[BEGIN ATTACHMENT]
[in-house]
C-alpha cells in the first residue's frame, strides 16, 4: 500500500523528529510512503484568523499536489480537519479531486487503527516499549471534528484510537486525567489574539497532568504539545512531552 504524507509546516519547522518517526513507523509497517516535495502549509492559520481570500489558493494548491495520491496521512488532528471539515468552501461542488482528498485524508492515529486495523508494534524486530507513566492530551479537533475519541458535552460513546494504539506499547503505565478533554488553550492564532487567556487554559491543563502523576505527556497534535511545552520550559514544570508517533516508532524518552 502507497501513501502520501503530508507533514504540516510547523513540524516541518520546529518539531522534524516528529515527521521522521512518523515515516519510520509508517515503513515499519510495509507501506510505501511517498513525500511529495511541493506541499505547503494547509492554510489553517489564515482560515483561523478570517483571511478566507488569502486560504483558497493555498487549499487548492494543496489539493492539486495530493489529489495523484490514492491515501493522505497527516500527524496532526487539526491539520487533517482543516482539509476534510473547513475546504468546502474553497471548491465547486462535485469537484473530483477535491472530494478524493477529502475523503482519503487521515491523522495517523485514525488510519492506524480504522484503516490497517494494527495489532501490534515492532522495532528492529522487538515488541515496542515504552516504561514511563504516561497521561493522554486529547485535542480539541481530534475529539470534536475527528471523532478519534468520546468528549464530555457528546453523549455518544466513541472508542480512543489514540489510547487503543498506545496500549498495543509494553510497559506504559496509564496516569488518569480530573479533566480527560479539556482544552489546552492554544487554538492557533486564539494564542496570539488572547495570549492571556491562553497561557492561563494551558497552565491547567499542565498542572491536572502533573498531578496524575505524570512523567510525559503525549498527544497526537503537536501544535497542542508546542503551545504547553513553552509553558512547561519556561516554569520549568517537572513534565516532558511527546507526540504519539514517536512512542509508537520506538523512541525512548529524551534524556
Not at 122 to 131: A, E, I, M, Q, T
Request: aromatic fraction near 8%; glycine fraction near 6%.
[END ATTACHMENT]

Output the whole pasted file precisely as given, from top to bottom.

[in-house]
C-alpha cells in the first residue's frame, strides 16, 4: 500500500523528529510512503484568523499536489480537519479531486487503527516499549471534528484510537486525567489574539497532568504539545512531552 504524507509546516519547522518517526513507523509497517516535495502549509492559520481570500489558493494548491495520491496521512488532528471539515468552501461542488482528498485524508492515529486495523508494534524486530507513566492530551479537533475519541458535552460513546494504539506499547503505565478533554488553550492564532487567556487554559491543563502523576505527556497534535511545552520550559514544570508517533516508532524518552 502507497501513501502520501503530508507533514504540516510547523513540524516541518520546529518539531522534524516528529515527521521522521512518523515515516519510520509508517515503513515499519510495509507501506510505501511517498513525500511529495511541493506541499505547503494547509492554510489553517489564515482560515483561523478570517483571511478566507488569502486560504483558497493555498487549499487548492494543496489539493492539486495530493489529489495523484490514492491515501493522505497527516500527524496532526487539526491539520487533517482543516482539509476534510473547513475546504468546502474553497471548491465547486462535485469537484473530483477535491472530494478524493477529502475523503482519503487521515491523522495517523485514525488510519492506524480504522484503516490497517494494527495489532501490534515492532522495532528492529522487538515488541515496542515504552516504561514511563504516561497521561493522554486529547485535542480539541481530534475529539470534536475527528471523532478519534468520546468528549464530555457528546453523549455518544466513541472508542480512543489514540489510547487503543498506545496500549498495543509494553510497559506504559496509564496516569488518569480530573479533566480527560479539556482544552489546552492554544487554538492557533486564539494564542496570539488572547495570549492571556491562553497561557492561563494551558497552565491547567499542565498542572491536572502533573498531578496524575505524570512523567510525559503525549498527544497526537503537536501544535497542542508546542503551545504547553513553552509553558512547561519556561516554569520549568517537572513534565516532558511527546507526540504519539514517536512512542509508537520506538523512541525512548529524551534524556
Not at 122 to 131: A, E, I, M, Q, T
Request: aromatic fraction near 8%; glycine fraction near 6%.